Environmental modification and niche construction: developing O2 gradients drive the evolution of the Wrinkly Spreader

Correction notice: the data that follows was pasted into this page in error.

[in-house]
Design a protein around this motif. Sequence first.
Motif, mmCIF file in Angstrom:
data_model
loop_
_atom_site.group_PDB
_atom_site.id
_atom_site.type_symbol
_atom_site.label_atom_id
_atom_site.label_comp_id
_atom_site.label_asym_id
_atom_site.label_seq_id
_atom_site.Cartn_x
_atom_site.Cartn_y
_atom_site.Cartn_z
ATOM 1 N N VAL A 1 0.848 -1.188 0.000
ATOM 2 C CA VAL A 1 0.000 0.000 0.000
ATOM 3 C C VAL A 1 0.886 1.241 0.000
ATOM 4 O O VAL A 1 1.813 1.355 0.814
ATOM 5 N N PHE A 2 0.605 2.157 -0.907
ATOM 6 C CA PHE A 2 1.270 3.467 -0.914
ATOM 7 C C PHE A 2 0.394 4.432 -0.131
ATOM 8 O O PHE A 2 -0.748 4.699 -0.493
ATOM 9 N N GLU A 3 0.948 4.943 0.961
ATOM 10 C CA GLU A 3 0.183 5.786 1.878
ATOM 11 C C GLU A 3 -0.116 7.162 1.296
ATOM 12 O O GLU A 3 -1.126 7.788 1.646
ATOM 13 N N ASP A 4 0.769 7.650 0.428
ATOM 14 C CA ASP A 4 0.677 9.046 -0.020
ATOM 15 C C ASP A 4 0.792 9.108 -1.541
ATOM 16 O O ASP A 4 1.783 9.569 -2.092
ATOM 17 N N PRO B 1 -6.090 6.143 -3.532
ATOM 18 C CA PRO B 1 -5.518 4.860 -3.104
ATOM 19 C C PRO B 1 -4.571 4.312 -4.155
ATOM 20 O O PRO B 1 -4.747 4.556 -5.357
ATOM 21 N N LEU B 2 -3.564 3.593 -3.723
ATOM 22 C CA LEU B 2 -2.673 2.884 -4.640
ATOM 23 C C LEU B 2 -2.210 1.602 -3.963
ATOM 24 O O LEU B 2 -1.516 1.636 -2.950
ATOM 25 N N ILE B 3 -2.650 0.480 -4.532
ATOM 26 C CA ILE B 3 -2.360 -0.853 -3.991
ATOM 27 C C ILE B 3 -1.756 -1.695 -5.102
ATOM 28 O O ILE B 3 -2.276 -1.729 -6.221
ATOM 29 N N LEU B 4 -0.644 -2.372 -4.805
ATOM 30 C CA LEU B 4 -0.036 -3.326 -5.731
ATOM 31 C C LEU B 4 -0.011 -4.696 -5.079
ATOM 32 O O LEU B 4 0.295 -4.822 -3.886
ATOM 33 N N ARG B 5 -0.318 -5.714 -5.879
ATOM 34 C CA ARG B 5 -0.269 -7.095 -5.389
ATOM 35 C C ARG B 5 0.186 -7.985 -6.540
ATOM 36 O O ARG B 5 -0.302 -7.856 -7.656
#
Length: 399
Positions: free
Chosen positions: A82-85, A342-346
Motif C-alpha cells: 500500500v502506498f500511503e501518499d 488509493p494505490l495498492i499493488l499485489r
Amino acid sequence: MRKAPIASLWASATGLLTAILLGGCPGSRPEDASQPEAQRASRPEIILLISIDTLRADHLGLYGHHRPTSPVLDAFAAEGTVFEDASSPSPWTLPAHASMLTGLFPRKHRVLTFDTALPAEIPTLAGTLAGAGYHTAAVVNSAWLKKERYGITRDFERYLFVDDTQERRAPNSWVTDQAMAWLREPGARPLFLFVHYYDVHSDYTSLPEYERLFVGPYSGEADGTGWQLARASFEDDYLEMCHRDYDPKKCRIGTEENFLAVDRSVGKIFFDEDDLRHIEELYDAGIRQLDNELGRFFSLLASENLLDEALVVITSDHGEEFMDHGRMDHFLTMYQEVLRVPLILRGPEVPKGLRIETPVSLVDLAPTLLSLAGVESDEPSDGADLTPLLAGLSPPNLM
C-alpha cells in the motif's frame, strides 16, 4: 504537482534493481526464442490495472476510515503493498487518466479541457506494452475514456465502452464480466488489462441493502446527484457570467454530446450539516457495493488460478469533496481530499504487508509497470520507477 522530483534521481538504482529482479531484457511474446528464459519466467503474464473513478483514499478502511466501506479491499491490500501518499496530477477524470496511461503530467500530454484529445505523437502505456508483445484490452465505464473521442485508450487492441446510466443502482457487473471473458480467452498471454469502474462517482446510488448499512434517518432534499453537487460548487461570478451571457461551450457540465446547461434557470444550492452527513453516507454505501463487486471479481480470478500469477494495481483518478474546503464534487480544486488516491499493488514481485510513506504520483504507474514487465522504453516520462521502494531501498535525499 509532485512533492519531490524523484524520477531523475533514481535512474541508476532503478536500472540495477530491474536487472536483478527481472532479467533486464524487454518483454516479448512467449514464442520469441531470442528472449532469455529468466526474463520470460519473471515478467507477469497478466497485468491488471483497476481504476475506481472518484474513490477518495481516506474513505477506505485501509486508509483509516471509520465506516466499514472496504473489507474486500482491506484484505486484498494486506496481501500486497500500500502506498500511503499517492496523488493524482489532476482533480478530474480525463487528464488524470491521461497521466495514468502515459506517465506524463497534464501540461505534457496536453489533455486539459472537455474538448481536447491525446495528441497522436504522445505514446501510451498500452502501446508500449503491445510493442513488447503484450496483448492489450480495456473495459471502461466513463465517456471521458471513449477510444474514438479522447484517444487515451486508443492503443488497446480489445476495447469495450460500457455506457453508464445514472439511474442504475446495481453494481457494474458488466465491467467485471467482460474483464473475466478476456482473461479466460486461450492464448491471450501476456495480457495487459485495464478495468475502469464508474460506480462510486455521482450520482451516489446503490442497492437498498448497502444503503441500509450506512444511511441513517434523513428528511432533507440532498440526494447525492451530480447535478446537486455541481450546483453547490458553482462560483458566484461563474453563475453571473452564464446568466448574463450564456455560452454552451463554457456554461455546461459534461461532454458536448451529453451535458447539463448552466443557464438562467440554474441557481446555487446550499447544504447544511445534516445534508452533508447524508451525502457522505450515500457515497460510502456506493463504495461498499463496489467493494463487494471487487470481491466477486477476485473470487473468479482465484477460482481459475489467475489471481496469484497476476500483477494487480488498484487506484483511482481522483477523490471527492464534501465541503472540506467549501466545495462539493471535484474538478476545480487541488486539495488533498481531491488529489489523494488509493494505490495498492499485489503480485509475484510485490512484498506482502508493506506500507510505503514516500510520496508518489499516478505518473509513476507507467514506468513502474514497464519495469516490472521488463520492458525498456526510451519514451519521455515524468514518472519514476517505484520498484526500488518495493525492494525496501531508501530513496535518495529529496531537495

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The evolutionary success of the novel Wrinkly Spreader (WS) genotypes in diversifying Pseudomonas fluorescens SBW25 populations in static liquid microcosms has been attributed to the greater availability of O2 at the air–liquid (A–L) interface where the WS produces a physically cohesive-class biofilm. However, the importance of O2 gradients in SBW25 adaptation has never been examined. We have explicitly tested the role of O2 in evolving populations using microsensor profiling and experiments conducted under high and low O2 conditions. Initial colonists of static microcosms were found to establish O2 gradients before significant population growth had occurred, converting a previously homogenous environment into one containing a resource continuum with high and low O2 regions. These gradients were found to persist for long periods by which time significant numbers of WS had appeared colonising the high O2 niches. Growth was O2 limited in static microcosms, but high O2 conditions like those found near the A–L interface supported greater growth and favoured the emergence of WS-like genotypes. A fitness advantage to biofilm formation was seen under high but not low O2 conditions, suggesting that the cost of biofilm production could only be offset when O2 levels above the A–L interface were high. Profiling of mature WS biofilms showed that they also contained high and low O2 regions. Niches within these may support further diversification and succession of the developing biofilm population. O2 availability has been found to be a major factor underlying the evolutionary success of the WS genotype in static microcosms and illustrates the importance of this resource continuum in microbial diversification and adaptation.